That my friend was the sound of another false belief being blown away and shattered. The programming runs deep. Step on the scale and measure your fitness level. Not! I was reluctant to participate in the Challenge. Why would I need to do it? My Paleo commit date was 12/21/12 and I was making pretty good progress. Since I became a crossfit/paleo enthusiast my weight had gone from 182 to 158 pounds and I was showing improvement in the basic lifts and in my WODS. I was happy with the way I looked, felt and performed. I even did that Olympic Distance Triathlon in July with minimal outside training. Yet in the back of my mind Paul’s off handed comment last August that I was looking “a little runner scrawny” was annoying me. C’mon, 158 on the scale baby “I’m in shape again”. I don’t need no stinking challenge. I decided to participate in the Challenge purely out of a sense of community. I wanted to deepen my connection with other members of Crossfit Worcester. I wanted to join in and be part of. My mind boldly proclaimed “I had nothing to learn, it would be easy and I was simple paying $40 to be part of”. How wrong I was. I did the initial body fat testing and was totally surprised to be at 15% body fat. I completed the fitness bench marks and was satisfied with my level of fitness. At that point I decided “pull ups” would be my personal bench mark for the challenge as it was a very weak area, a “goat”. I had just gone from the Blue Band to the Green Band for aided pull ups. At the initial testing of the challenge I did 16 Green Band pull ups and 3 unaided pull ups. Not overly impressive but considering I couldn’t do a single pull up prior to Crossfit, I was pleased with my overall progress in 10 months. As the challenge got underway the first surprise awakening was “fish oil was the same number of points as fitness activity”. Coming from an endurance mentality of more is better; this was a “take notice” moment. The next was sleep and rest days. I was pretty good at getting my 8 hours, but now I was actually scheduling my sleep, going to bed an hour earlier, making sure I got those sleep points and again, these sleep points far outweighed the activity points. But the real shocker was discovering my real weakness: taking activity rest days. To this point I was stringing together 12 to 15 days of active fitness days. In the challenge I would be penalized for this. Now I had to schedule “active rest days”. I was learning about letting my body recover. I still struggling with this, but am open. While my eating habits remained consistent (Paleo efficient meals) these other areas of living Paleo were becoming prominent in my lifestyle. I realized what I thought was Paleo was expanding to a fuller Paleo way of life.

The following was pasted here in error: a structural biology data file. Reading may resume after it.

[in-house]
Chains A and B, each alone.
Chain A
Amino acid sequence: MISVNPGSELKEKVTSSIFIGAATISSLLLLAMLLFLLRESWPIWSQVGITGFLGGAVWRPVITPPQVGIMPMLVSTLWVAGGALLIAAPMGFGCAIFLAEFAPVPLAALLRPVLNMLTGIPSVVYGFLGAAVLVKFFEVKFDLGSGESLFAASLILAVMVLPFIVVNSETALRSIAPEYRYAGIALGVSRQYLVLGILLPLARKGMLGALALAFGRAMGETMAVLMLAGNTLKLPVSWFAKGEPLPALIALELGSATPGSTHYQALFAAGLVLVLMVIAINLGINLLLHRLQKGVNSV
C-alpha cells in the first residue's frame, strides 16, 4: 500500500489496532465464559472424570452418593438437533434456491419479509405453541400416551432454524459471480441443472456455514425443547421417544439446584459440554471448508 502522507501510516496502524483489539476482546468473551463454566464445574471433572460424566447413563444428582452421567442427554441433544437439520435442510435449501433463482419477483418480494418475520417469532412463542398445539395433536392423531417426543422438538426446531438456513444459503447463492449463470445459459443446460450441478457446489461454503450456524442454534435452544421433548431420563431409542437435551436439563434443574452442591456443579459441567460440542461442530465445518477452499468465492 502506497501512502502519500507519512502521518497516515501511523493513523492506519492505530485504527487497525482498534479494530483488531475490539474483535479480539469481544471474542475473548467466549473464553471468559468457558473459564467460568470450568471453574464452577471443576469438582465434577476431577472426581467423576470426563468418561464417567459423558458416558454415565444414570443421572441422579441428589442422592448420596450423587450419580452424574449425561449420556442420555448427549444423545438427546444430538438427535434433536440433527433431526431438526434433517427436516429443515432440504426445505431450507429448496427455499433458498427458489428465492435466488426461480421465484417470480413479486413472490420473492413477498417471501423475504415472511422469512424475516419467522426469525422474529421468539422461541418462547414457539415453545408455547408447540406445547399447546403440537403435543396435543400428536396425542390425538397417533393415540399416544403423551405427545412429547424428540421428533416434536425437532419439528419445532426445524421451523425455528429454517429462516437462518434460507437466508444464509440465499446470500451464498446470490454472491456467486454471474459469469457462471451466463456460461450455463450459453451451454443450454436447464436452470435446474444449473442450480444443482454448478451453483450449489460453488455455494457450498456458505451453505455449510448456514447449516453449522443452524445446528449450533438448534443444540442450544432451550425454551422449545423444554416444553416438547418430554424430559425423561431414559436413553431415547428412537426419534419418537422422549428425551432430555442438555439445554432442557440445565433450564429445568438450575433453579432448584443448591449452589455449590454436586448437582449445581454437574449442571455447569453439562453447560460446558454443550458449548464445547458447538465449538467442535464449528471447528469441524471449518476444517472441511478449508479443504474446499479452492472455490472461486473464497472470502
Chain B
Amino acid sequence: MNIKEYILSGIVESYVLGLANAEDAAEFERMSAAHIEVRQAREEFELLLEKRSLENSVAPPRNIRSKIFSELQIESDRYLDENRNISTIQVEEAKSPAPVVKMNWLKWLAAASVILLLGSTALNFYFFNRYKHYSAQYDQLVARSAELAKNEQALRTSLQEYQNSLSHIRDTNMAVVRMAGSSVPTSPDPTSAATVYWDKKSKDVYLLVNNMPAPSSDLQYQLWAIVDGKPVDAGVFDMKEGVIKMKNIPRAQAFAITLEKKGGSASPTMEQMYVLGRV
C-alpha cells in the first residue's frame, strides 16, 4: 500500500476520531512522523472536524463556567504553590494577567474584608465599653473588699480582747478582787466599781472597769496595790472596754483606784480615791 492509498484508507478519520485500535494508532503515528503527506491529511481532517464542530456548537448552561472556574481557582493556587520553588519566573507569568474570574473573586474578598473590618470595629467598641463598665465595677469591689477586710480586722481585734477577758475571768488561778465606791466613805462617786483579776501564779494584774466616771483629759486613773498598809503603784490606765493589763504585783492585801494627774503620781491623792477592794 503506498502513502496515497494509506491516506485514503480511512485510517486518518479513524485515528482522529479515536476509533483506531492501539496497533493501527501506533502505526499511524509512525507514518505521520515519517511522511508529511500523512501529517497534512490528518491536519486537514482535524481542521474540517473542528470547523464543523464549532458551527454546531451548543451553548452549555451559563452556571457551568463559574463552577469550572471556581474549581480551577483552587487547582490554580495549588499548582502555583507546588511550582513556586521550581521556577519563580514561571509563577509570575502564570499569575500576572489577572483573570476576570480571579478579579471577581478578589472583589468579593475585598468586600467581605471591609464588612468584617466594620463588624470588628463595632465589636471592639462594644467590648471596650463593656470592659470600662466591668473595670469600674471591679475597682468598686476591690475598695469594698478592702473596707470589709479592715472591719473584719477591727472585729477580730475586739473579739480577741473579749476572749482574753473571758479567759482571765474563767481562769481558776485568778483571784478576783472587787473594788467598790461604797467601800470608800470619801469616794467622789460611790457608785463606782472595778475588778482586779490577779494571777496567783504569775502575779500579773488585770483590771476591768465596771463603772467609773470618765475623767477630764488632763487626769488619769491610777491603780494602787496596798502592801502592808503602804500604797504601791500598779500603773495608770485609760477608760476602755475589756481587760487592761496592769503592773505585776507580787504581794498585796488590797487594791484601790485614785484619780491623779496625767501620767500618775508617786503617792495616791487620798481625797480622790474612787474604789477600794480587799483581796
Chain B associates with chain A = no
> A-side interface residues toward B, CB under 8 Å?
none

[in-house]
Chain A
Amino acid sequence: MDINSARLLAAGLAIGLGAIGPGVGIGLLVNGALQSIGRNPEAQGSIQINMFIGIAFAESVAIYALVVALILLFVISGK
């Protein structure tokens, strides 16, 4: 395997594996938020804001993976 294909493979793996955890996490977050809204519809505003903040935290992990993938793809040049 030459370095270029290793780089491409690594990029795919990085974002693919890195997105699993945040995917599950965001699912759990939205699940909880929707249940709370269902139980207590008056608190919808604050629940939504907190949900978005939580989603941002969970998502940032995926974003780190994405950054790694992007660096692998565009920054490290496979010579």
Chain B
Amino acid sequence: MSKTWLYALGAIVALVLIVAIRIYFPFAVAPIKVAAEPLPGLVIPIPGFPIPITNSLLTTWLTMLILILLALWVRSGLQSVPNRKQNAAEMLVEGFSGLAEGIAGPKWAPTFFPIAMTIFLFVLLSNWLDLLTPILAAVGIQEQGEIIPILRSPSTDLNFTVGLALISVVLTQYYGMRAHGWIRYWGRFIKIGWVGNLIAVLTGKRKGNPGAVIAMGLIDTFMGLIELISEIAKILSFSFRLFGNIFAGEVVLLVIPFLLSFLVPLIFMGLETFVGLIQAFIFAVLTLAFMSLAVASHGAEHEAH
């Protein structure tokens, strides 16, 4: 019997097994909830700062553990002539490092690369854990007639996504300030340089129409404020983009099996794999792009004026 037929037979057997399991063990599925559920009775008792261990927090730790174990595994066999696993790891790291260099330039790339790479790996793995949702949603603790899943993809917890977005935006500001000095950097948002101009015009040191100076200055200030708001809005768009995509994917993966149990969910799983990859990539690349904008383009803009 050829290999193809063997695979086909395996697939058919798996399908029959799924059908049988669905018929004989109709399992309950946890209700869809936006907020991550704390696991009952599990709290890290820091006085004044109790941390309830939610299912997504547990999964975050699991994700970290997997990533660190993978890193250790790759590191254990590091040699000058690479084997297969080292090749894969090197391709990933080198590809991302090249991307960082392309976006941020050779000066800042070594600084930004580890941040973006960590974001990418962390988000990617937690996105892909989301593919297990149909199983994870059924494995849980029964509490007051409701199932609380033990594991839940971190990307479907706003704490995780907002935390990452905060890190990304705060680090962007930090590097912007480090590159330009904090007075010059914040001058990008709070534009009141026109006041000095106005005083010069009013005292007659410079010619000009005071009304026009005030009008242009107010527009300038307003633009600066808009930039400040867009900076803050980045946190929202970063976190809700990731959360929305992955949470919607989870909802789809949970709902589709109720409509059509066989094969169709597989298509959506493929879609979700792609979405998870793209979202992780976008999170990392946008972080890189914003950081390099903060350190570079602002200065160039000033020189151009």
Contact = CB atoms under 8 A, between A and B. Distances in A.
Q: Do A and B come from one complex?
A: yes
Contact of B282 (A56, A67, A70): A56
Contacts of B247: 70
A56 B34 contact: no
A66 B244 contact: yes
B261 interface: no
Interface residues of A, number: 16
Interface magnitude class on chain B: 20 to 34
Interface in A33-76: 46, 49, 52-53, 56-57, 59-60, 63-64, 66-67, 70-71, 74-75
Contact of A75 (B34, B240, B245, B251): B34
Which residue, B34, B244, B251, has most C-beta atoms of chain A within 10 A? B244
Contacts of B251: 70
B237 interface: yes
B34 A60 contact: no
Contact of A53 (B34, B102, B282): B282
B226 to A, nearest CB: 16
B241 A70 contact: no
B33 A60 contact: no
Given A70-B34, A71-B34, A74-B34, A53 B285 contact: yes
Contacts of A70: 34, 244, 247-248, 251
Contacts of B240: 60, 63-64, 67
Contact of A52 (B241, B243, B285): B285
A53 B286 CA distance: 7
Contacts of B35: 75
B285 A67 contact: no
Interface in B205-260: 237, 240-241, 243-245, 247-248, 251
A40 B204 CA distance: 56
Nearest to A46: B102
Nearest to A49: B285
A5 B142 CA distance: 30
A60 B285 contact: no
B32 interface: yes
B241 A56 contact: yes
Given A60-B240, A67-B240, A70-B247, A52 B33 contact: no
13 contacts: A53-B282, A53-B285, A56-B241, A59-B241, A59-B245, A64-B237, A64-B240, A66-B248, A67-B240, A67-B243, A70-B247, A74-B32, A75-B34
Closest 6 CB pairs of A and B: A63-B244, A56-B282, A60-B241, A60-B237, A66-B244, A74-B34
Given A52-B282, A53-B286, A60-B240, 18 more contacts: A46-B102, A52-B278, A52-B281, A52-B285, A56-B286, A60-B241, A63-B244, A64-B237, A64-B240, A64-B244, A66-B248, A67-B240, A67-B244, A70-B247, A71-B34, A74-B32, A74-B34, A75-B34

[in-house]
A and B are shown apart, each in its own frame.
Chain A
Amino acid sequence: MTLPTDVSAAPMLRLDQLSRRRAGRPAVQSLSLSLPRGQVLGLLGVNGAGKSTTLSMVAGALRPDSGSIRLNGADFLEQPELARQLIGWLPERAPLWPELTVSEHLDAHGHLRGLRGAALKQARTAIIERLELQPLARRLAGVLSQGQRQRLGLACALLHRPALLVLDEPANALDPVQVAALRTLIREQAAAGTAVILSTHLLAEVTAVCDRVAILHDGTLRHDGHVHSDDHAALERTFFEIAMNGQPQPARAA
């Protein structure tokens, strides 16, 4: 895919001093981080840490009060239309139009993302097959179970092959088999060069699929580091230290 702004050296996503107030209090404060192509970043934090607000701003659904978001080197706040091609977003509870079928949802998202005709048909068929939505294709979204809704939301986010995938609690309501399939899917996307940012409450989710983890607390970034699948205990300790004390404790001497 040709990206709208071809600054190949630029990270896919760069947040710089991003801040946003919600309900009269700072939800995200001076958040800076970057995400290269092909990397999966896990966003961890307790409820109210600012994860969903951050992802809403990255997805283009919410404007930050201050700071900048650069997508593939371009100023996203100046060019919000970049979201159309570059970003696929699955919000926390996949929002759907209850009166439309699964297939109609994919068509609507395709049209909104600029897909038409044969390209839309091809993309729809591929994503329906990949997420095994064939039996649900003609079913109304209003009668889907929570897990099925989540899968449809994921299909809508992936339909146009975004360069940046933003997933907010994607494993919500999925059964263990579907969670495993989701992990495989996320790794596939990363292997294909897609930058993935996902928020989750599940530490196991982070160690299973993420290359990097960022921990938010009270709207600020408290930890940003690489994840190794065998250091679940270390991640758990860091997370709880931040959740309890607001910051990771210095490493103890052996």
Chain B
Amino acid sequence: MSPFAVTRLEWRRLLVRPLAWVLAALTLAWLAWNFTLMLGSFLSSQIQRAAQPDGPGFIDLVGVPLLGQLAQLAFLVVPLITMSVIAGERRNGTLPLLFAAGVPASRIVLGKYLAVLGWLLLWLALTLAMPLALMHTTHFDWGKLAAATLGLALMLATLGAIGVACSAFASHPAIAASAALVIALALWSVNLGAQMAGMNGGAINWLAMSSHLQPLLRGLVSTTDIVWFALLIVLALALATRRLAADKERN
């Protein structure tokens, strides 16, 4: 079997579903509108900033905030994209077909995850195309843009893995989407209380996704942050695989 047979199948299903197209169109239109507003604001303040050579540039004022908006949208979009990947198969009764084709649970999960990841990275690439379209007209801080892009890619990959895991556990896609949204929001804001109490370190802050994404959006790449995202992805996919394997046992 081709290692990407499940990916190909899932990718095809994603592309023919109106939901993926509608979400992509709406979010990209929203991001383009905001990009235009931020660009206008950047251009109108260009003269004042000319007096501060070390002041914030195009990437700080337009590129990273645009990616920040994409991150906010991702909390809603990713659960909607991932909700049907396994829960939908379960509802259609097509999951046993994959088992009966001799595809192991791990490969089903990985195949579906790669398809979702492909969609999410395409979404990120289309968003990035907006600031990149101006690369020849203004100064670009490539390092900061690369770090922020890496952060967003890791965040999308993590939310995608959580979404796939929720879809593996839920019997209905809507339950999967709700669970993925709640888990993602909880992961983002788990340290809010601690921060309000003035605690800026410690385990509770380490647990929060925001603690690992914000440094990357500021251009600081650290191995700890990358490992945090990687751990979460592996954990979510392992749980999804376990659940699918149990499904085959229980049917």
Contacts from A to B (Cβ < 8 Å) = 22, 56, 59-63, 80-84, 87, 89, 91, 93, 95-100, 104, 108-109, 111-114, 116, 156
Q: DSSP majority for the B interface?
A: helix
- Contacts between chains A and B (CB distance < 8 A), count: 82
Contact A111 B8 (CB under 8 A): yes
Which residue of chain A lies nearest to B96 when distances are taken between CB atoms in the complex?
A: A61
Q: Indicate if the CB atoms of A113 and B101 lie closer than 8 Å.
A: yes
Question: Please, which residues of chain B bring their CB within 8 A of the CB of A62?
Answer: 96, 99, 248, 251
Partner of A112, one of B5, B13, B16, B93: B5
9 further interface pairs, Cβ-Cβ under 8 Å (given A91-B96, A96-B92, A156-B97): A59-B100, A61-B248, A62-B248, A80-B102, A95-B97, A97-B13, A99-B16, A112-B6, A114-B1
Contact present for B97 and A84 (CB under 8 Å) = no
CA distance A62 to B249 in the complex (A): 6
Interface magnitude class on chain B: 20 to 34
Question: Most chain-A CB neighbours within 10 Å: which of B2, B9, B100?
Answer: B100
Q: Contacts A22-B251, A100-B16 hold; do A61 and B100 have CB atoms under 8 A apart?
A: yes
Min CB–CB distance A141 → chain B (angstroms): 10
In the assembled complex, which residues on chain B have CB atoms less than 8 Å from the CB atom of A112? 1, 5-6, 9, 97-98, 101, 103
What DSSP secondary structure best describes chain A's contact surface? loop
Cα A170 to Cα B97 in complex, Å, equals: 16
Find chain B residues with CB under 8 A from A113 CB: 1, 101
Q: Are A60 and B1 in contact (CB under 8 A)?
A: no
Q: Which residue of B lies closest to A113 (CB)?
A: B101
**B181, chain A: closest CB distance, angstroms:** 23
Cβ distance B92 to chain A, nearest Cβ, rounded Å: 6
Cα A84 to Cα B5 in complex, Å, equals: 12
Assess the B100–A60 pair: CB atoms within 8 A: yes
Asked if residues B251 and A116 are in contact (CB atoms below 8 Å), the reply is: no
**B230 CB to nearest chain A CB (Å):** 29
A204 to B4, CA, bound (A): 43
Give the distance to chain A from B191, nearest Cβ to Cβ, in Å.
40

After two months of the challenge where am I now?